Thirty-Two Years After the ADA Enacted, the Disability Community Continues to Struggle with Poverty
This week marks the 32nd anniversary of the Americans with Disabilities Act, signed into law on July 26, 1990. According to data from the CDC, approximately 61 million Americans live with disabilities. This means one in four Americans live with a severe medical impairment that impacts their mobility, cognition, hearing, vision, independent living or self-care. The ADA legislation has been ground-breaking in providing physical accessibility and non-discrimination in employment. Still, the unemployment for persons with disabilities remains high. The unemployment rate for a disabled person is 14.4 percent compared to 9.5 percent in the general population. Today many in the disabled community continue to live in poverty.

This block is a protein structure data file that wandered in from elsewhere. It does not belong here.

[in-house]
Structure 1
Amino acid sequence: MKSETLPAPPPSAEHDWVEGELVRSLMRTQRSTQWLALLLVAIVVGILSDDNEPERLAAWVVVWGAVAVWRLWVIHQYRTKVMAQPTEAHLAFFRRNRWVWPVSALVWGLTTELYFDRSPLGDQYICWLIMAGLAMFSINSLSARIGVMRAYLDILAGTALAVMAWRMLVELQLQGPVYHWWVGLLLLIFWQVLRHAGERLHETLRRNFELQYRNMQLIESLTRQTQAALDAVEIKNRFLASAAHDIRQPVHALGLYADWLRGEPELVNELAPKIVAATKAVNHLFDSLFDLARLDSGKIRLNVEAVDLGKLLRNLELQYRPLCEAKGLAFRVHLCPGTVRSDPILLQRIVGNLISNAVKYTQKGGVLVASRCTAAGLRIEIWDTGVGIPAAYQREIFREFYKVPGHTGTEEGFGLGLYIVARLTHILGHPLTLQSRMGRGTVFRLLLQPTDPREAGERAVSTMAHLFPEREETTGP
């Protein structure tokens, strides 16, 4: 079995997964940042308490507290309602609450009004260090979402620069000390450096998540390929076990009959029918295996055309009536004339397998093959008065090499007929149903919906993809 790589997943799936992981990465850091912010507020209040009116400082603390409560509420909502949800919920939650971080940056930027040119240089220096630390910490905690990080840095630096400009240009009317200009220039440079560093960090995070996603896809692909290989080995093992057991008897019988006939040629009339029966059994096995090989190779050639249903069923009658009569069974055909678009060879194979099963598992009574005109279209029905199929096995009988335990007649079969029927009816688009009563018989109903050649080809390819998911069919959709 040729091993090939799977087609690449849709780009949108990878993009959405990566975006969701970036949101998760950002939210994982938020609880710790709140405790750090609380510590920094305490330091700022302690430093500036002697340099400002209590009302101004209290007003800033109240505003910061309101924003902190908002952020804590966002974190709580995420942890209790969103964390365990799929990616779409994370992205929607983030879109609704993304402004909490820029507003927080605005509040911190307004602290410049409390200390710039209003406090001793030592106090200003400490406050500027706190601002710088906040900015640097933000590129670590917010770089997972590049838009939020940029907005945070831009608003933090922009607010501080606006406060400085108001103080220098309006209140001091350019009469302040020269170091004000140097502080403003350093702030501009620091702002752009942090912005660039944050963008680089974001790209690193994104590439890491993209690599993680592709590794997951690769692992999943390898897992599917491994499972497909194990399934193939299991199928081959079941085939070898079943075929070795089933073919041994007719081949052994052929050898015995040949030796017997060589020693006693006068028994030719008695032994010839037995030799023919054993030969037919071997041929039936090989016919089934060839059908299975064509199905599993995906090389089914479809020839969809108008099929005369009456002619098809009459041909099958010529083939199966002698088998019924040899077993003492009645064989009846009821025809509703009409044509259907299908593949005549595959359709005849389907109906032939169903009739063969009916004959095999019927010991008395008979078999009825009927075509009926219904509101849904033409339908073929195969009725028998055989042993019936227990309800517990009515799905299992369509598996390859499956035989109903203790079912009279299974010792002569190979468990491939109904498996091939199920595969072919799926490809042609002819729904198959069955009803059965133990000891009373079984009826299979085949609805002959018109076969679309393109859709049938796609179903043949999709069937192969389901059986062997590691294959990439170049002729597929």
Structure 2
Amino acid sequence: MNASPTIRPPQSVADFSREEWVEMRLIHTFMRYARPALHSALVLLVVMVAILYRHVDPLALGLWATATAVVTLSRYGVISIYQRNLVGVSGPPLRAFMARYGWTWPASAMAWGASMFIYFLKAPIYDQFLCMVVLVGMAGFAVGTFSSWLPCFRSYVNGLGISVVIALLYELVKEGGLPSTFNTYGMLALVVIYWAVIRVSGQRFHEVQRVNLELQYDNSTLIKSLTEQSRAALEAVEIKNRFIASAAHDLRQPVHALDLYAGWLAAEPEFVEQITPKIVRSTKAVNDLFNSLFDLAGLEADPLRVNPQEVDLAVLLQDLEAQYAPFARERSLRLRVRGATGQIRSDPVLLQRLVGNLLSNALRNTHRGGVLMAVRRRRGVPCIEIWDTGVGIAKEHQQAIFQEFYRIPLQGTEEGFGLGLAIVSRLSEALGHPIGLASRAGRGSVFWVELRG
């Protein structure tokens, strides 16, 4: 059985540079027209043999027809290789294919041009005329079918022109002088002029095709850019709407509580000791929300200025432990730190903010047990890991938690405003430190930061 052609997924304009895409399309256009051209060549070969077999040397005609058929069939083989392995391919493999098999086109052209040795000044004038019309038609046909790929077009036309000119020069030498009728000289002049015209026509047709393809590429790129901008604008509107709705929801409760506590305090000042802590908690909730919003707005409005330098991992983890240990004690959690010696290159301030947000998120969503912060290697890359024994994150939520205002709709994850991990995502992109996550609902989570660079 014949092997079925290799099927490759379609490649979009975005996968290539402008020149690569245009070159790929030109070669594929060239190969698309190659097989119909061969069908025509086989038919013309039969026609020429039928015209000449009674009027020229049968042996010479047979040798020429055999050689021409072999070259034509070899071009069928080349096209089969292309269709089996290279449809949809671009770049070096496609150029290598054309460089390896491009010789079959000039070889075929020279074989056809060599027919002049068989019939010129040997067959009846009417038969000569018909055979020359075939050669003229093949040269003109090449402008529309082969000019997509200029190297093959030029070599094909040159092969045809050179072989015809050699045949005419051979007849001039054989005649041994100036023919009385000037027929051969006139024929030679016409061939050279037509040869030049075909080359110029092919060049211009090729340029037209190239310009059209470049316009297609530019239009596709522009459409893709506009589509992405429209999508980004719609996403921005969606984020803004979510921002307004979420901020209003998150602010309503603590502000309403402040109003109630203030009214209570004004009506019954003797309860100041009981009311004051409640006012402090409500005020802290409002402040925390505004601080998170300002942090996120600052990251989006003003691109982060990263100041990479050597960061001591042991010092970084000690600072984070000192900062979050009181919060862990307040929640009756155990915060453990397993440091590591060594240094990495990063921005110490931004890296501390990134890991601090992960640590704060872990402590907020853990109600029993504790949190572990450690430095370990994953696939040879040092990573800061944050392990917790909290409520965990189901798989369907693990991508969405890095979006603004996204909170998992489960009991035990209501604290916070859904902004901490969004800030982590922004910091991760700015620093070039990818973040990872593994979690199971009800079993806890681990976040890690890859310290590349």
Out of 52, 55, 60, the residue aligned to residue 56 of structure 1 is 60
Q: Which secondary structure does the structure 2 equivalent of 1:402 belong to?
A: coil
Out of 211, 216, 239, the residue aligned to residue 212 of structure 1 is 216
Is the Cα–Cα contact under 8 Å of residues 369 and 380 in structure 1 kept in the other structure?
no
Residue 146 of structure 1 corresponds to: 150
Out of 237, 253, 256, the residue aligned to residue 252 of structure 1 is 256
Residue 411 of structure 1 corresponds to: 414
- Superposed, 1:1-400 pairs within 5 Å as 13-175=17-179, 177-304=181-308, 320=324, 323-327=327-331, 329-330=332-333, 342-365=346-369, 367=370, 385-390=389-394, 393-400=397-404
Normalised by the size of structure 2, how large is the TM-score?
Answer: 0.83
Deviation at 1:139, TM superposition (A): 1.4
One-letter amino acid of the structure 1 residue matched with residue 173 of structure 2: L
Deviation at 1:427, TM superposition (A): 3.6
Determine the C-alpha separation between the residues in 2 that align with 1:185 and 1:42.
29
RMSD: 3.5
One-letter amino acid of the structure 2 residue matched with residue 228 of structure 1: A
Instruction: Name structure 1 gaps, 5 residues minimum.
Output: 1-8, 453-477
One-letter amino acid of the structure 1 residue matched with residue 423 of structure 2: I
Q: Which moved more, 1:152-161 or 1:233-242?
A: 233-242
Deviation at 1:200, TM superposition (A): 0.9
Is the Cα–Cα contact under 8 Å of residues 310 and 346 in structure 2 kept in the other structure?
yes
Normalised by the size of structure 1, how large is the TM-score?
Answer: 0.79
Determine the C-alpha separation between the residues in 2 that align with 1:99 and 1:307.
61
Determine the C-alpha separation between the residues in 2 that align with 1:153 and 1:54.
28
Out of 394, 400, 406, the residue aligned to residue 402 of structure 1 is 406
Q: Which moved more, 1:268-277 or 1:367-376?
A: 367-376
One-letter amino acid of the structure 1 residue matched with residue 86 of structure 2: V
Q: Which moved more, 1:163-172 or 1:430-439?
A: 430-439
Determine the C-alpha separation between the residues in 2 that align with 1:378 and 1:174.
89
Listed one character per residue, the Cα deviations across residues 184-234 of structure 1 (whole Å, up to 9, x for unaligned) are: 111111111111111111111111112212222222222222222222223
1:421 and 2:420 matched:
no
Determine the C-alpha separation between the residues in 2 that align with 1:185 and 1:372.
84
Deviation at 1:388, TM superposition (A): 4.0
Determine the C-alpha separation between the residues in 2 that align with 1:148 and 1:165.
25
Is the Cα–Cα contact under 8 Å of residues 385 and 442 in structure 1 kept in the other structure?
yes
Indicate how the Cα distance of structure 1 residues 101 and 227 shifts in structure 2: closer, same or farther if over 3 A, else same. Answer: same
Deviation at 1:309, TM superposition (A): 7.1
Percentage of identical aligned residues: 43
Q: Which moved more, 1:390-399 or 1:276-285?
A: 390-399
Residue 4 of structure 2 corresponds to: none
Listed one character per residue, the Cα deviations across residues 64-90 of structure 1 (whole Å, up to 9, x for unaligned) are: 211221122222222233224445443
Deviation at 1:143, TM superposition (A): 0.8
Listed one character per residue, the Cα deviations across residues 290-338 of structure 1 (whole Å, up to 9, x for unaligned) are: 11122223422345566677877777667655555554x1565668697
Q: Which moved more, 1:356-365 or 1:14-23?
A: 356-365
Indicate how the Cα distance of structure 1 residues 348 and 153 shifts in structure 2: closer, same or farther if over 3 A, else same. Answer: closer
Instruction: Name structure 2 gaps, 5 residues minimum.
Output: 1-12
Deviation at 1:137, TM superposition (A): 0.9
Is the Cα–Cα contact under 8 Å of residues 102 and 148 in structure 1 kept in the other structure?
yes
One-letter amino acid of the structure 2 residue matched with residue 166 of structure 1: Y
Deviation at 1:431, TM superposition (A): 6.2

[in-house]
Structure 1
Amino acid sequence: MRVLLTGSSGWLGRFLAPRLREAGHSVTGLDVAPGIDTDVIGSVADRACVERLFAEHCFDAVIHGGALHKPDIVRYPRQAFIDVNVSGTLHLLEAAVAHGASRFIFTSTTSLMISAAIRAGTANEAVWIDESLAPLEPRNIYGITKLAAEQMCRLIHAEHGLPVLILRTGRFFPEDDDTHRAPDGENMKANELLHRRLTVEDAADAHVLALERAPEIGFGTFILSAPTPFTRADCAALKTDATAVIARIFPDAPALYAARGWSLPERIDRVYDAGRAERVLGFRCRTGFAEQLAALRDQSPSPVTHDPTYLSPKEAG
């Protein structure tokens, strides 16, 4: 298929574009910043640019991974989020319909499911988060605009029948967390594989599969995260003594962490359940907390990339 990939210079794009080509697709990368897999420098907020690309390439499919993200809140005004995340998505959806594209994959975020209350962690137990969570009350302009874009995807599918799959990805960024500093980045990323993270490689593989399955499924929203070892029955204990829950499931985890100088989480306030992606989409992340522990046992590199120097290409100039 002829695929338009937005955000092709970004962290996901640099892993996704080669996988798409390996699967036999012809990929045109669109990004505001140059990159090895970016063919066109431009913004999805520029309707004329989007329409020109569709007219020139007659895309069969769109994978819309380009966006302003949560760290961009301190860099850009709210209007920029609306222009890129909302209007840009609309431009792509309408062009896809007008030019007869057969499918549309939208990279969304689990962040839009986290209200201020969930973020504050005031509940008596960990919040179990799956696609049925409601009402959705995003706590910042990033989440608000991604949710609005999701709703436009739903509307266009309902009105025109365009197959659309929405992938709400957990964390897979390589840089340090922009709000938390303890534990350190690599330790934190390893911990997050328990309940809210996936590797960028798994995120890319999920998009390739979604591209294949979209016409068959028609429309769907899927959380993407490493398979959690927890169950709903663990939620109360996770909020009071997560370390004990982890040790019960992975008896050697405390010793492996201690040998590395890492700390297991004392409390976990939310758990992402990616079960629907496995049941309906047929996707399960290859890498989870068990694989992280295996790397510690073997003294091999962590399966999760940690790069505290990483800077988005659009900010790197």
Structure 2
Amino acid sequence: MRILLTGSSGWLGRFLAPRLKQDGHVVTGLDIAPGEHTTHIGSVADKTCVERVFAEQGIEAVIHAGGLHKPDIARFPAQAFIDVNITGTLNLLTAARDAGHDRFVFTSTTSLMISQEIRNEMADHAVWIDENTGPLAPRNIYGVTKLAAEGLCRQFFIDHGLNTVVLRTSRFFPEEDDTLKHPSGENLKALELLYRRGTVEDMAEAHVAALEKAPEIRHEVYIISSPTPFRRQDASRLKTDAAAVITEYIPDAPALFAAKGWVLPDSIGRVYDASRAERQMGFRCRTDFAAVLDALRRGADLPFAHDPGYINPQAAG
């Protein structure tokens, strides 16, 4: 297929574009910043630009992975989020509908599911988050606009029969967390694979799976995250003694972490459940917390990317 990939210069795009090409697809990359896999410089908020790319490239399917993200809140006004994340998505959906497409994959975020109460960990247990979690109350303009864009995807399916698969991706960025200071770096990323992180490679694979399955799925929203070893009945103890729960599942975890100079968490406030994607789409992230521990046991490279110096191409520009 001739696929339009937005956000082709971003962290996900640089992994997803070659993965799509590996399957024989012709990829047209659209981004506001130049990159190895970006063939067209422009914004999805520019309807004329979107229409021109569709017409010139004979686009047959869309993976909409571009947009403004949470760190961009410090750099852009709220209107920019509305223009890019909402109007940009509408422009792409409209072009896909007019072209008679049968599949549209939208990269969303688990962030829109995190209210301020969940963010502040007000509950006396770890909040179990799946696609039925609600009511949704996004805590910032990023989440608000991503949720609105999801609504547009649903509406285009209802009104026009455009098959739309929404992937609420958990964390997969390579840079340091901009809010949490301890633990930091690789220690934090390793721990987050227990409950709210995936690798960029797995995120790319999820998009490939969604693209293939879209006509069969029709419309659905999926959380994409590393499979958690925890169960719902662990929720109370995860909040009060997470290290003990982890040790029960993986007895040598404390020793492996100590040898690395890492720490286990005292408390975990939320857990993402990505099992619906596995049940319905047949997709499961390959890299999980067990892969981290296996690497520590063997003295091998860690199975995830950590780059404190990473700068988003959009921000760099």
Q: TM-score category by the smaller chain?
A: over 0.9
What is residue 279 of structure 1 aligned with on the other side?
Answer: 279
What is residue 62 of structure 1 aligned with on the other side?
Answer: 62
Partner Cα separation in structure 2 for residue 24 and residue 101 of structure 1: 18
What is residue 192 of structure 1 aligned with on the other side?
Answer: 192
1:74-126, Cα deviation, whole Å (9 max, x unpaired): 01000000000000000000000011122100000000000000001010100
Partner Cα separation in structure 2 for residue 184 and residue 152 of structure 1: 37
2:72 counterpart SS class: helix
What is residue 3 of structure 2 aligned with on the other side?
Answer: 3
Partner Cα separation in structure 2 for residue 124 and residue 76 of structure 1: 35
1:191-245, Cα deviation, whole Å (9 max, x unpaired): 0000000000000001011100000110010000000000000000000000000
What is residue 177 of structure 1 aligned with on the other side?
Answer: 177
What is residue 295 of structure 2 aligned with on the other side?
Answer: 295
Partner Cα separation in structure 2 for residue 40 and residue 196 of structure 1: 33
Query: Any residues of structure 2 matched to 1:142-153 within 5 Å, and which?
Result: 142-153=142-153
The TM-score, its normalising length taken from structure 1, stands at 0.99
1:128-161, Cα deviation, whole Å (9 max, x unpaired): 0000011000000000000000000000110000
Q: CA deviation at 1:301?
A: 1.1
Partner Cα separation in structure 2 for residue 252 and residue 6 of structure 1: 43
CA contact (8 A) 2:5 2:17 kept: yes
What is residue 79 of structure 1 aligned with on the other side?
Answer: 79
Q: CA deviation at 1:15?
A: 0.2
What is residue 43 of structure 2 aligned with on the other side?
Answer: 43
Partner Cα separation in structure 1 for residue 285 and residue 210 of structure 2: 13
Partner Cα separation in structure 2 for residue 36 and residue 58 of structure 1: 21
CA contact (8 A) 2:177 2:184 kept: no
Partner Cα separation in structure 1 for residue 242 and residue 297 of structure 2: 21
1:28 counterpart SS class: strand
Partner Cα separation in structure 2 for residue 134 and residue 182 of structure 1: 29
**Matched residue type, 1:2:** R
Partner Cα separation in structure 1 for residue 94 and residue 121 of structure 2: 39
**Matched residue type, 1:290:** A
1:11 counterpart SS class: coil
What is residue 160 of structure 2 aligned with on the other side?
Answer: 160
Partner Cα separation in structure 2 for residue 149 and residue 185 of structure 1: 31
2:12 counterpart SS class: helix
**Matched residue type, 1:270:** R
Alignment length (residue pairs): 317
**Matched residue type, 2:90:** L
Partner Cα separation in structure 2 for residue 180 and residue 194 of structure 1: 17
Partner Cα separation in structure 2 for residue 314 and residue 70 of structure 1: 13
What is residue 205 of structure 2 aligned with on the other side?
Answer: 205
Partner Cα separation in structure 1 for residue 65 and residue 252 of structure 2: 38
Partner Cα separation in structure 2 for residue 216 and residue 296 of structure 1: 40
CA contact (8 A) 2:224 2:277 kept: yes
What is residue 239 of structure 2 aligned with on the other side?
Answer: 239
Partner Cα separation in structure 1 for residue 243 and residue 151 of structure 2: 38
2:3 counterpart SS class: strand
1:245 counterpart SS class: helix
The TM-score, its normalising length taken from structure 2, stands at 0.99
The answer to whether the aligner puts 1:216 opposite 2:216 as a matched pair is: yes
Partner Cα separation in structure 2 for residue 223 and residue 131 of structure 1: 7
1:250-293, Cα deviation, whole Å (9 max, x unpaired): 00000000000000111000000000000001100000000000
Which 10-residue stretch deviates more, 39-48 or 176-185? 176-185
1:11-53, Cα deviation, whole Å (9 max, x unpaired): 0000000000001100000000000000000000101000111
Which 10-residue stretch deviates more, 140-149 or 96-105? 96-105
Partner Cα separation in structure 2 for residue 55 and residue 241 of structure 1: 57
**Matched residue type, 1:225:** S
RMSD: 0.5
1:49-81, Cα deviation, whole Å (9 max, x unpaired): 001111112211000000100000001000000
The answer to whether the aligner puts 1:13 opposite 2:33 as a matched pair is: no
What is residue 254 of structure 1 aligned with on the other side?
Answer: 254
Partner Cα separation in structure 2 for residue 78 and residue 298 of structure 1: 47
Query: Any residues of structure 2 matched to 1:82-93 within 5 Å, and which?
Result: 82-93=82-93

Many adults with disabilities who were never able to enter the workforce receive Supplemental Security Income (“SSI”). The SSI maximum benefit is currently $841 a month. This computes to an annual income of $10,092.00. The federal poverty level for 2021 for a household of one is $12,880. Income eligibility for SSI has not been adjusted since 1989. It remains at an asset and income limit of $2000 for an individual and $3000 for a couple. Excluding a home used a residence and one car, all other income/assets must place the individual below the poverty level.
The average benefit for an SSDI (Social Security Disability Income) individual is $1236 per month. These benefits are earned from working and paying FICA payroll taxes over a period of time. This average benefit translates to $14,832 per month.